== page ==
When a party loses the White House, a new crop of presidential hopefuls typically begin moving quickly to lay the groundwork for a run in the next campaign.

Not this year.

President Donald Trump’s increasingly overt flirtations with running again in 2024 are freezing the potentially vast field of Republican candidates. GOP White House hopefuls are essentially left to watch what Trump does next instead of courting fundraisers, building networks and visiting early-voting states — the usual campaign planning steps — for fear of angering Trump and risking turning off his large and loyal base.

And that’s just the way the president likes it, ensuring he stays in the spotlight and generating the cash and media coverage he craves. But strategists say Trump is essentially leaving the party in a holding pattern, with could-be-candidates unable to prepare as they try to avoid crossing a notoriously unforgiving president who has an enormous Twitter bullhorn and little tolerance for perceived disloyalty.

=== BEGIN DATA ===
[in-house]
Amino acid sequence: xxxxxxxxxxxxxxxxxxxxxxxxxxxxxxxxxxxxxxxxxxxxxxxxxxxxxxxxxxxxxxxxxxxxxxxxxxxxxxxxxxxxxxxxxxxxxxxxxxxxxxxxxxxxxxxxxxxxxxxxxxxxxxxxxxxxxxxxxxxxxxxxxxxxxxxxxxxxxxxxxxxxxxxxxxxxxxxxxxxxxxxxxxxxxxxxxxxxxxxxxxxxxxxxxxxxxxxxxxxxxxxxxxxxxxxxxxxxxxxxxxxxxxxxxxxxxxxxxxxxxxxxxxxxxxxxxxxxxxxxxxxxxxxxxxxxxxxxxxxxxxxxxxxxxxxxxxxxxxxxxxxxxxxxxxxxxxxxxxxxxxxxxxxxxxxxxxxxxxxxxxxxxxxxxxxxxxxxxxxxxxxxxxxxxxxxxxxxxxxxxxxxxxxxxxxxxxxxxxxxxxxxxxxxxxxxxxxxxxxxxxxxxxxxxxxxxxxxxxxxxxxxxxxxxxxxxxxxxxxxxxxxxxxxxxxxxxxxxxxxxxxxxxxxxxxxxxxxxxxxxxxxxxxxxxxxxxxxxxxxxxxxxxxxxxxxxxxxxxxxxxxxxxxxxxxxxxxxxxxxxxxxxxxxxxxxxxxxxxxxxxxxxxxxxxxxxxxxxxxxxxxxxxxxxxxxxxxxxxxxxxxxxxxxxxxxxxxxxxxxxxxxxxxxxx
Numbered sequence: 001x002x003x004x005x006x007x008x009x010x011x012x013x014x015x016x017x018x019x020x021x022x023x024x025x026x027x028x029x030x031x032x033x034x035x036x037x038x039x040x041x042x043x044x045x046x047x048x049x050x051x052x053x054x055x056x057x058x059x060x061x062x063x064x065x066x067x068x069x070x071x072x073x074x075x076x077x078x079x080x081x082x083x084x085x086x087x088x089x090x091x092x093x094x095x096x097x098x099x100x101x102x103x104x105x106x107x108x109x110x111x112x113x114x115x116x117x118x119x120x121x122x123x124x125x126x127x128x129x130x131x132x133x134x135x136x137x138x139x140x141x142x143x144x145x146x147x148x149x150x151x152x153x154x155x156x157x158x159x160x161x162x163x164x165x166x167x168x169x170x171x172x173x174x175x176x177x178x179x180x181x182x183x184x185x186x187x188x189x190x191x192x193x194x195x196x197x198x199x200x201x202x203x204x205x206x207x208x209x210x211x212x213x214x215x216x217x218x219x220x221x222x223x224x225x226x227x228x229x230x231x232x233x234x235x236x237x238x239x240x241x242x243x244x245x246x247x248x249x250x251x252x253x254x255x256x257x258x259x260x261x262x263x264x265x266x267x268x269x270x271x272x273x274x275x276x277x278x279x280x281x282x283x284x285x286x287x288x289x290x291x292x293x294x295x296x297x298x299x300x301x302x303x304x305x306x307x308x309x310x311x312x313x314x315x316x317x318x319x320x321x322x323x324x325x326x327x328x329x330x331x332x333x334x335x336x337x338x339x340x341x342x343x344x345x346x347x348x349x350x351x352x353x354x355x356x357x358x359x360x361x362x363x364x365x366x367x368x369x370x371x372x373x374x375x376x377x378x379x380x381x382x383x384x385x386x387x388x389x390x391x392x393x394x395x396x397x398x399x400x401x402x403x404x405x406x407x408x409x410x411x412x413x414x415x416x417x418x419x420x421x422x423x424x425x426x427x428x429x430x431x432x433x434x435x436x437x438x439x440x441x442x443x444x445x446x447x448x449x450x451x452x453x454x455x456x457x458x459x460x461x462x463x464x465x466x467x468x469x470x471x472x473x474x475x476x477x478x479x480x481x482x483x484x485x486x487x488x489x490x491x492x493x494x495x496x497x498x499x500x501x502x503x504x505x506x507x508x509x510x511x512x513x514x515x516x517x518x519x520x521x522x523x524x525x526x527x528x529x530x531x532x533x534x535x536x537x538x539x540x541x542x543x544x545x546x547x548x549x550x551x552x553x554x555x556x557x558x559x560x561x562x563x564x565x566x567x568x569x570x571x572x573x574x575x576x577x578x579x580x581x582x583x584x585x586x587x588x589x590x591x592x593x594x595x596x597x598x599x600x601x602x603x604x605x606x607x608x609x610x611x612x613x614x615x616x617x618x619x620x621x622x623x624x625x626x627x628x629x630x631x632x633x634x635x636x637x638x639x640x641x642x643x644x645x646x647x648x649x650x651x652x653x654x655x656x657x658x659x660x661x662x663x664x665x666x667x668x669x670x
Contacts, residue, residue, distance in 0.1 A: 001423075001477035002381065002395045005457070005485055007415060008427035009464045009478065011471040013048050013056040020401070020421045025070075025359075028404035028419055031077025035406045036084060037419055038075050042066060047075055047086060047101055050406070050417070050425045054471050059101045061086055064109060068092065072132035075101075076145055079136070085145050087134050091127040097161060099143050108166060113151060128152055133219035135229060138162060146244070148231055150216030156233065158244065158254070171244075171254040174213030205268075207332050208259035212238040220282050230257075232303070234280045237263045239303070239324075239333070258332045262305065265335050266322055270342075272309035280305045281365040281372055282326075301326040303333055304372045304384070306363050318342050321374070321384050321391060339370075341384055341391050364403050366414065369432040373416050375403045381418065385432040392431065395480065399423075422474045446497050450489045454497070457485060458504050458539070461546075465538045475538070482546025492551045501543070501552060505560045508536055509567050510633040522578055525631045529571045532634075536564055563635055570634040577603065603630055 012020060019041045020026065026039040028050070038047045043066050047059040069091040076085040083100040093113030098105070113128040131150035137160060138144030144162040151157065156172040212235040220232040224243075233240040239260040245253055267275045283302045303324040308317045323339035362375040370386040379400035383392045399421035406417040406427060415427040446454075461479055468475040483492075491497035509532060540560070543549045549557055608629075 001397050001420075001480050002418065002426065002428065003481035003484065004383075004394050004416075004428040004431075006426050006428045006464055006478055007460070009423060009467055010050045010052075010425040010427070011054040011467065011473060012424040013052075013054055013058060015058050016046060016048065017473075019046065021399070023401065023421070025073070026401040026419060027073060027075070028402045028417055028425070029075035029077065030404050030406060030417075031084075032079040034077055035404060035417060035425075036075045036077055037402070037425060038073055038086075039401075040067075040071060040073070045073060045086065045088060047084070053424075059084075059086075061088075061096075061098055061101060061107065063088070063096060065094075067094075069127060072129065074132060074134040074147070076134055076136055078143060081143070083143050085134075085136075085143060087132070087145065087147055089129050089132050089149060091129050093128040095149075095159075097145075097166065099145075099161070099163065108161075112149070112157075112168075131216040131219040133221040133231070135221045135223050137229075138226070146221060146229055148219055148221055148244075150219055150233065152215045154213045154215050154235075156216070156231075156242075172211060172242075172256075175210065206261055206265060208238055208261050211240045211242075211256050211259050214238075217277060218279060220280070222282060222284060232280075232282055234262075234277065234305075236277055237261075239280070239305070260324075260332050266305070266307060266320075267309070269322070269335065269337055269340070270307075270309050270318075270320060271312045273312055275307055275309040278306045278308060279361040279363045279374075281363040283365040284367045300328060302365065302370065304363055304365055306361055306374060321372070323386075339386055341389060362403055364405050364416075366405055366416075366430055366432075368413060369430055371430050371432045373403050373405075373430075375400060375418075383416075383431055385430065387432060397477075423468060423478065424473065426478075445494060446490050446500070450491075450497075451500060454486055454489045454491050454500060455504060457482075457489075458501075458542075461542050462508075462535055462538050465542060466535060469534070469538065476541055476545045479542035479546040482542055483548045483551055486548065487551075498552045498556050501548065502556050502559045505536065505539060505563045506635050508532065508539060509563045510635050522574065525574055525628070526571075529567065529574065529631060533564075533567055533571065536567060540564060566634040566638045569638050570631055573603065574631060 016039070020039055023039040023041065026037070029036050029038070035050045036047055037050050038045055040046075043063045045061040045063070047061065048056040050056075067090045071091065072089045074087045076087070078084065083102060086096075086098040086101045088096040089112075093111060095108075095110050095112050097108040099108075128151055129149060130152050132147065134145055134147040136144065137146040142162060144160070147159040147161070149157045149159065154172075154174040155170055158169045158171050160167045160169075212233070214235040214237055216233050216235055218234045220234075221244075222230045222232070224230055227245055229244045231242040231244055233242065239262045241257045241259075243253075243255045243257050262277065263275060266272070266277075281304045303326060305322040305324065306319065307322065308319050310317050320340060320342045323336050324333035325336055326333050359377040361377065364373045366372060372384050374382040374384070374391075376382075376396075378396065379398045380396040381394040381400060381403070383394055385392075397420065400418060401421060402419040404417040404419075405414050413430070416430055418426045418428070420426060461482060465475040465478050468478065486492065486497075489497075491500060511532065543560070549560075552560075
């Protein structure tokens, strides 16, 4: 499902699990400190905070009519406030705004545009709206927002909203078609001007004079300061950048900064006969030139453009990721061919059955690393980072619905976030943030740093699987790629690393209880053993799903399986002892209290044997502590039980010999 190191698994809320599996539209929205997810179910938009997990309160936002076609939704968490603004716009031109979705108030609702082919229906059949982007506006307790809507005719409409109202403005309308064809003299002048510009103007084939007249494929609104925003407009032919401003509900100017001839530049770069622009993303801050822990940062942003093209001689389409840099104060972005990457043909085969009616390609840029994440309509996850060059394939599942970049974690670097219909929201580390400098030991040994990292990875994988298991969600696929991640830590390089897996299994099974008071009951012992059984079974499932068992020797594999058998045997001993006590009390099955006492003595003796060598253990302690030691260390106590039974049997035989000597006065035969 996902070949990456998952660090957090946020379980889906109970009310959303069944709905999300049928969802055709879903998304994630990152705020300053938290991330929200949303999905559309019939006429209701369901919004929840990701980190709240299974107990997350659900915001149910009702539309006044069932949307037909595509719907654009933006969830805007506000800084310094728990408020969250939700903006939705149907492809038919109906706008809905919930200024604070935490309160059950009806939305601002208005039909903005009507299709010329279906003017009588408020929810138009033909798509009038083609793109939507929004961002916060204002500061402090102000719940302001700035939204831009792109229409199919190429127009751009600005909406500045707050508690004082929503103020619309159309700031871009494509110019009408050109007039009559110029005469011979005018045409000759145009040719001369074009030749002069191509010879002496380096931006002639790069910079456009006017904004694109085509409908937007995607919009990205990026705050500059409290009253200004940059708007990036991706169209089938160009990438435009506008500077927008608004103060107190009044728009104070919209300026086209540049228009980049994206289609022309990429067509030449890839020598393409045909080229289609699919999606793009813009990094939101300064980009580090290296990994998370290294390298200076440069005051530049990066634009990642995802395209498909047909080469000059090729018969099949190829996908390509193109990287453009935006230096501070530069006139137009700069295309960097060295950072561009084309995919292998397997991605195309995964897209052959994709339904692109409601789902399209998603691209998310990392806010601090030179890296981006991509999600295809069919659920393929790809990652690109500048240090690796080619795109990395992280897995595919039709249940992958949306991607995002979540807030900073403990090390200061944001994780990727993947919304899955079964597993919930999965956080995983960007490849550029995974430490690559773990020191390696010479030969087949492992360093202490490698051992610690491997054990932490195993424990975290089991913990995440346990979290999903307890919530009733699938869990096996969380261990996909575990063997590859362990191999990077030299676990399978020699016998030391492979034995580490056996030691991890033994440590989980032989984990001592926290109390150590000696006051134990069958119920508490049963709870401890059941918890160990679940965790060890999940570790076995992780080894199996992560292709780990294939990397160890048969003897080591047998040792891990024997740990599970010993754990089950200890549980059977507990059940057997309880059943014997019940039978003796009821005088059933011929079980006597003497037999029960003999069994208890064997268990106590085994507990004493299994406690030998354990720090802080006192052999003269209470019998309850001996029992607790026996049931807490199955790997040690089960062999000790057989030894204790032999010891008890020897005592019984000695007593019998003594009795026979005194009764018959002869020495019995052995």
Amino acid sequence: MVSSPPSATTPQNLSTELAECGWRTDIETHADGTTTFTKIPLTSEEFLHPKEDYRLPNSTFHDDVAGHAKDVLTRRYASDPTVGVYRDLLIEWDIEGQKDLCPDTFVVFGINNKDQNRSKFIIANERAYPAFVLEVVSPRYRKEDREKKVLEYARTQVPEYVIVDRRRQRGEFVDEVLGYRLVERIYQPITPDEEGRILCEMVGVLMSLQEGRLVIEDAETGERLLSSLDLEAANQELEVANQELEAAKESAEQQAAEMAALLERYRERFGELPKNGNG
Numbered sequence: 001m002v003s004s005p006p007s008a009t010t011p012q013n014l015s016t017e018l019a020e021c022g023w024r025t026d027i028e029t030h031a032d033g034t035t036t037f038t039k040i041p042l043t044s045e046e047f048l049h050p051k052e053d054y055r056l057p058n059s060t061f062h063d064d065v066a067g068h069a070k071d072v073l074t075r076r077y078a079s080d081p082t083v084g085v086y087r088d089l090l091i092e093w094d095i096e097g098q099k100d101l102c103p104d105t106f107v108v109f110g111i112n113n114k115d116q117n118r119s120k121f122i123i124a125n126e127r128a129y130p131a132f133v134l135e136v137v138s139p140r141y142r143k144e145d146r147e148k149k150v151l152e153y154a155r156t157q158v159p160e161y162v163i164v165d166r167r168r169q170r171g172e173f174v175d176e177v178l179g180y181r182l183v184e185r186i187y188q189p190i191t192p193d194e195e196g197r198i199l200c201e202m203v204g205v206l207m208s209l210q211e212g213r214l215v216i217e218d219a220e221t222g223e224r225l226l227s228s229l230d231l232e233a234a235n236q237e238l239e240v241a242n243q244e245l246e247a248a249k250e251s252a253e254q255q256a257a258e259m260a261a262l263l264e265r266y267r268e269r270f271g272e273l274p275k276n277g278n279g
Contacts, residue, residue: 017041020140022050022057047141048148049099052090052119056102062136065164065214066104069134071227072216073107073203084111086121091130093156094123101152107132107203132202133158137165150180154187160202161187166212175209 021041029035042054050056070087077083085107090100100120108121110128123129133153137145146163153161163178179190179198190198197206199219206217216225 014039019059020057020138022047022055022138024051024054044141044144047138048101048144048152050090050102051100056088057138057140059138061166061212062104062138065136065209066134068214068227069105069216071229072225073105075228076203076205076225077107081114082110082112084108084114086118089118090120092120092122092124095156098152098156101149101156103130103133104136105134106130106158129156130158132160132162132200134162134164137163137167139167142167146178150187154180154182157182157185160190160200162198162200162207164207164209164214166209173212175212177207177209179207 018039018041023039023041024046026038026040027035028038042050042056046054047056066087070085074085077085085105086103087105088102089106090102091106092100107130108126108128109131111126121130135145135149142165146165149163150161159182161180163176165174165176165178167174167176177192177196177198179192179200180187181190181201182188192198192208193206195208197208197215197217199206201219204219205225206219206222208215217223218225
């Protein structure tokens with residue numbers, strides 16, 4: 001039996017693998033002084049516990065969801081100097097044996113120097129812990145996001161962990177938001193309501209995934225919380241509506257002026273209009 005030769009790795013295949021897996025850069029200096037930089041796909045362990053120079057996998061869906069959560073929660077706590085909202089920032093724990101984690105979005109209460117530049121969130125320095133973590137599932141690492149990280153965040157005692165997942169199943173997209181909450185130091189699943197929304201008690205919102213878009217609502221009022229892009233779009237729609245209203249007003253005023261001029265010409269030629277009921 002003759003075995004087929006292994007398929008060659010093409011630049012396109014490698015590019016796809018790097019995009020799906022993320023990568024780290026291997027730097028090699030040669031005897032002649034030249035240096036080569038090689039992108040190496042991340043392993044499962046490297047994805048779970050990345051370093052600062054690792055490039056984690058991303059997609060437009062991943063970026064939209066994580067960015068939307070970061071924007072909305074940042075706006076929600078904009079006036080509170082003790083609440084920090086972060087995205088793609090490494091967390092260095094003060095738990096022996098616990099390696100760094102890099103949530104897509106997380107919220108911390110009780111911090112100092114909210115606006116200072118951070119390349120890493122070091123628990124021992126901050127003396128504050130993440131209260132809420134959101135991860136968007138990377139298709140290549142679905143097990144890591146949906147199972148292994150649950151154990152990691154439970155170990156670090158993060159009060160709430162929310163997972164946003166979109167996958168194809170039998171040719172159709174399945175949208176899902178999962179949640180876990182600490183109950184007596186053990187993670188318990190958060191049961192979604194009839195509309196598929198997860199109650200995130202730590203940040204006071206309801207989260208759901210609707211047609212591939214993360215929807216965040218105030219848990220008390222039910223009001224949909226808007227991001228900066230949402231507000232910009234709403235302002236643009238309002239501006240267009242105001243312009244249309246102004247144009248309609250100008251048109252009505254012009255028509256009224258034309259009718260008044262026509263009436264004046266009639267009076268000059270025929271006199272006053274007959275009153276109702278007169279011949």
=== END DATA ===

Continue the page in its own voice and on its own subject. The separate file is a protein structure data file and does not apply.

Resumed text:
“Trump is delaying the start of the 2024 campaign in a significant way,” said Alex Conant, a Republican operative who served as communications director to Florida Sen. Marco Rubio’s 2016 presidential campaign. In a normal campaign cycle, Conant said, “you would see potential presidential candidates in Iowa and New Hampshire this month.” This year, “That’s not going to happen because nobody wants to be seen as challenging Trump.”

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